We have, what we might describe as, a pandemic of climate anxiety crossing the globe. One which, like the covid-19 pandemic, seems unlikely to inspire the same level of concern to those in power to take action.
And so we find ourselves in the position of having to take action ourselves. Be that gluing yourself to the motorway which, admittedly the British gentleman did admit he regretted, or a company taking the initiative to make real change.
In this week's podcast episode, we talk with Michelle Wallace from Host in Ireland about their DCs for Bees initiative.
Data centers and bees may seem something like chalk and cheese, but as an industry, Host in Ireland is showing us that there are moves that can be made to contribute to rewilding and biodiversity, instead of taking away from it.
“Bees are just an indicator of overall biodiversity,” said Wallace. “They're the nice little fluffy guys who are flying around and we're all very familiar with them. They are one of the two big indicators of the health of biodiversity in general.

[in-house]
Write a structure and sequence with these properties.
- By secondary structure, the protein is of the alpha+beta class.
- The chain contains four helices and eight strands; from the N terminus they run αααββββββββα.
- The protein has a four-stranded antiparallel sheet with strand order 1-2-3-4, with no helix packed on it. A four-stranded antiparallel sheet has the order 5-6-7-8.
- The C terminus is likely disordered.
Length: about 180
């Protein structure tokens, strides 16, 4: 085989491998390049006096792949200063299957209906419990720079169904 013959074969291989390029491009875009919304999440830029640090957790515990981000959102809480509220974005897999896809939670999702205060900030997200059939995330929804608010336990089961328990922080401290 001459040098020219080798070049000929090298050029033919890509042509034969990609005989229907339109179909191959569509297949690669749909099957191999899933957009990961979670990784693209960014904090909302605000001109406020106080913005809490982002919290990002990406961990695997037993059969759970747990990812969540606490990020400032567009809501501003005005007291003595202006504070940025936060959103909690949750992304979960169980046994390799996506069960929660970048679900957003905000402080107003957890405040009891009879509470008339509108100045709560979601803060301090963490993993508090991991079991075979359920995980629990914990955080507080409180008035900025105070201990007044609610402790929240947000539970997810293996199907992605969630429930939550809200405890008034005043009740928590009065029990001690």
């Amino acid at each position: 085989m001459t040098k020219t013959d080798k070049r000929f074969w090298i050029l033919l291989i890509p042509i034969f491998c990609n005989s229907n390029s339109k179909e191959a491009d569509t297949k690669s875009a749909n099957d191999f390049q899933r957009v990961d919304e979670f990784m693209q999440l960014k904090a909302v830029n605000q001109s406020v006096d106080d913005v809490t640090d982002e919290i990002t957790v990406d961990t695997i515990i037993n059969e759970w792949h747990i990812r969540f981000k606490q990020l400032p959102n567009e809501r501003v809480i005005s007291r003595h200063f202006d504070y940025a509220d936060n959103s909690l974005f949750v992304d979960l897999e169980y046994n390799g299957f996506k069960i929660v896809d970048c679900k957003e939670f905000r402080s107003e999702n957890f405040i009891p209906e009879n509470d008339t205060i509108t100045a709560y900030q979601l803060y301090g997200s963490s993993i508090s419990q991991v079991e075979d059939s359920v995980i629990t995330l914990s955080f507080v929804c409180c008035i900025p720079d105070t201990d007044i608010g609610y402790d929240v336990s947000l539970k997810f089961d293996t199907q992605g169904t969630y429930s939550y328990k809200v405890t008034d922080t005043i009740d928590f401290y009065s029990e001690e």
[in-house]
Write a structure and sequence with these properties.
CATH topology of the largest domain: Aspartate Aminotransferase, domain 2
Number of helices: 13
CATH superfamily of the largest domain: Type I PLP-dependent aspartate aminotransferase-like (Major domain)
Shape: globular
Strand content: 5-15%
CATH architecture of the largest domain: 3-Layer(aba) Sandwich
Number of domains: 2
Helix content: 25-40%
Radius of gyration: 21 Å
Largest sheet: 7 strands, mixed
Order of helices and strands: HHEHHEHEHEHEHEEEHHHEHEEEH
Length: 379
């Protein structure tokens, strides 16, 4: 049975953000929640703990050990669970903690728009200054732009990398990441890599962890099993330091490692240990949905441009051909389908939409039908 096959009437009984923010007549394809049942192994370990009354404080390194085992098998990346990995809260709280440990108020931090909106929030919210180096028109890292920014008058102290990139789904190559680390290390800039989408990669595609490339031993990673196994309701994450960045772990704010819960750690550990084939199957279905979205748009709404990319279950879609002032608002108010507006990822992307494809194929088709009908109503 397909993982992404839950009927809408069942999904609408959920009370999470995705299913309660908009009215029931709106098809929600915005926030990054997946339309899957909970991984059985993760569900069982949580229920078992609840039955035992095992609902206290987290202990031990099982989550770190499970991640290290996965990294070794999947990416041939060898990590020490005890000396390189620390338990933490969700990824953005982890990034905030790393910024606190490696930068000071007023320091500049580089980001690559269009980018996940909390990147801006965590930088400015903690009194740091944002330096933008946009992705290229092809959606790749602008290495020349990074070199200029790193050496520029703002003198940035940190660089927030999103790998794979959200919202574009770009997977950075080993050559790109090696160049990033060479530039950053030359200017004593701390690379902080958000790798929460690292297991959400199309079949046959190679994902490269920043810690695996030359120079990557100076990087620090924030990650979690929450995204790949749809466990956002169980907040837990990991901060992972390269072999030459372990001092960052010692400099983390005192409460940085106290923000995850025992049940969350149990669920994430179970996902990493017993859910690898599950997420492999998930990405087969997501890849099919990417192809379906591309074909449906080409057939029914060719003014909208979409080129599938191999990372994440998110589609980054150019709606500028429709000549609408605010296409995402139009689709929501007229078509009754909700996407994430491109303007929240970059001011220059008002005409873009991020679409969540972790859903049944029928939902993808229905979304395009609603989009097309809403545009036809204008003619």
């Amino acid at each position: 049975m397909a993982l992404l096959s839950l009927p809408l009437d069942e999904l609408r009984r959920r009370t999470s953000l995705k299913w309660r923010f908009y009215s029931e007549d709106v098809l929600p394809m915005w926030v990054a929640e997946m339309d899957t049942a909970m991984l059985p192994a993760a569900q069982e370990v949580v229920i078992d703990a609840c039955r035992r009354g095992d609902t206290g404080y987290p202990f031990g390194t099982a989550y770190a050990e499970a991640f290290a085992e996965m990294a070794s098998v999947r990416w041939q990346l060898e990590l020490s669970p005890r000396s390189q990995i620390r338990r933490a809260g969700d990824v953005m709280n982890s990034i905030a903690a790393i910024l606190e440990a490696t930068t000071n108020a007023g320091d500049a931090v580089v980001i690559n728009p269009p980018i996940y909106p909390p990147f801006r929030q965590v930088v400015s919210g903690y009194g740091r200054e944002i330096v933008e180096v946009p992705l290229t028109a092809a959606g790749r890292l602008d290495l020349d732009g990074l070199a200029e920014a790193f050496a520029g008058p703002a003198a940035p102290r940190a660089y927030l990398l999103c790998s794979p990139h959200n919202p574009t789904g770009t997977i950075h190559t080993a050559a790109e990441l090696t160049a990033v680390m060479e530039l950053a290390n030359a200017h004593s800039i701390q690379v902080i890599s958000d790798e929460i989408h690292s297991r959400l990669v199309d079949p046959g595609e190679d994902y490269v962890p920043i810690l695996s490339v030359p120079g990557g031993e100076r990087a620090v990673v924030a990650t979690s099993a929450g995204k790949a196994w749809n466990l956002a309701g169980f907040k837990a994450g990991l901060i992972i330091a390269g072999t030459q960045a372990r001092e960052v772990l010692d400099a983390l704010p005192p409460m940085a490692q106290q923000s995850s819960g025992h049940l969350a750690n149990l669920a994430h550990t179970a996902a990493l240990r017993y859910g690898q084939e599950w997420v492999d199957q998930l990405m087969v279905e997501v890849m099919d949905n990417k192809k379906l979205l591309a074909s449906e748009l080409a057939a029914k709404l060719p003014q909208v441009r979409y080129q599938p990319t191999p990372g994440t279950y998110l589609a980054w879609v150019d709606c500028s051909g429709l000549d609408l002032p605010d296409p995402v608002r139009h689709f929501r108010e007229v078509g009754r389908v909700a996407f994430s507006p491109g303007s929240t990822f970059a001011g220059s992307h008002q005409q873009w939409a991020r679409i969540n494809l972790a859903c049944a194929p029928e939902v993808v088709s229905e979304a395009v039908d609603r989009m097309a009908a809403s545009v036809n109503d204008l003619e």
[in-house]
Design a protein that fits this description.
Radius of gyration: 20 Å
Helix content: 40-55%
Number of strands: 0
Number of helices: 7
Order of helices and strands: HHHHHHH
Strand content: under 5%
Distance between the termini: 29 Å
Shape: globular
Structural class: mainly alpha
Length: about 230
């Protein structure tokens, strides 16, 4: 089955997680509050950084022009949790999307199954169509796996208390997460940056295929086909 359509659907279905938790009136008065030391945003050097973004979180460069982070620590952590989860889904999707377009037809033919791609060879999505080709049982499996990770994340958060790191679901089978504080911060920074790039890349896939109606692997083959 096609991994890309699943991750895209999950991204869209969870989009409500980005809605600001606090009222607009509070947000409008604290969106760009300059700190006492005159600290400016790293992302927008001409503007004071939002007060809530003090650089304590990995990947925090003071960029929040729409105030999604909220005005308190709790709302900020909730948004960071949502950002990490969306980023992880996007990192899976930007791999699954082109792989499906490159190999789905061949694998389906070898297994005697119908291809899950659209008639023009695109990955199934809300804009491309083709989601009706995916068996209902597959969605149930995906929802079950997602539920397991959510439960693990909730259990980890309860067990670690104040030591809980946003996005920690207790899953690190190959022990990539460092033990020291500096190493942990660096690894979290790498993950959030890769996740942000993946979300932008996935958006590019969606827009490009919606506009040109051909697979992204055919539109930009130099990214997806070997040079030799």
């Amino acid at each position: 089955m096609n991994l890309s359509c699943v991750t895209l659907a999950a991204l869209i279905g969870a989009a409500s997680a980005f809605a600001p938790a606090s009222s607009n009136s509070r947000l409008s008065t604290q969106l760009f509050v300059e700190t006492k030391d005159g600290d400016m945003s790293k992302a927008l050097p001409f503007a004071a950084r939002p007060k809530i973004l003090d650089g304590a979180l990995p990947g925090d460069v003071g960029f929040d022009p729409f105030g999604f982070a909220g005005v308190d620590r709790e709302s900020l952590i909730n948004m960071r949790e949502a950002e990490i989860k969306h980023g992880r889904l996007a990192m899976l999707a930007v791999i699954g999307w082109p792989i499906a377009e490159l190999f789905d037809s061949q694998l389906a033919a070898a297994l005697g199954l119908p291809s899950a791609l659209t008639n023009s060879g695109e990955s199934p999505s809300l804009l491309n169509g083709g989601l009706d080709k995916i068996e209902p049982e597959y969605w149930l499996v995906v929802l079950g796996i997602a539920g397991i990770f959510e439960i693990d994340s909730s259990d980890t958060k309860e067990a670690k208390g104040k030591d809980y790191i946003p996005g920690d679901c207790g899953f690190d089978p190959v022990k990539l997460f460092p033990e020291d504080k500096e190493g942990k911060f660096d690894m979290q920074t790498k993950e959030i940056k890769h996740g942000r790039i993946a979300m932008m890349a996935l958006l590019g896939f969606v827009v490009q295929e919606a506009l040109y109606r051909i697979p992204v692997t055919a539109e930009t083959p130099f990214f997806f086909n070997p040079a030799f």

“But bees are seriously in decline. Biodiversity, in general, is in decline. So when we can focus on creating the right environment for bees, there's a knock-on effect for general biodiversity. And that, in itself will have a knock-on effect on how our food is created and sourced.
“70% of the crops that are grown are dependent on pollinators. And so if we don't have them, we're in trouble as a species.”
In order to combat this, the DCs for Bees initiative is taking a four-pronged approach. Ambassadors to create awareness, a pollinator plan to take long-term action, difference days to work with the Native Woodland Trust, and the planting of over 1,250 orchards throughout Ireland.
“We're going to the experts, we're going to the scientists, and we're saying what is the very best thing that we can do with this amount of people, with this amount of money.? What's the very best thing we can do to create the best impact right now? And that is orchards.
“Right now, in 32 counties of Ireland, we’ve planted 1200 mini fruit and mixed fruit tree orchards.”
Of course, the process of improving biodiversity and rewilding areas is never simple. Every small move has a knock-on impact - a butterfly effect. For example, attempting to plant new wildflowers.
“Depending on where the Wildflower comes from, it can come with diseases that aren't in Ireland already. The second thing would be that even if you go for native wildflower seed, it can be planted in the wrong place.”
These simple issues have dramatic impacts on the surrounding environment, and can permanently alter the careful balance.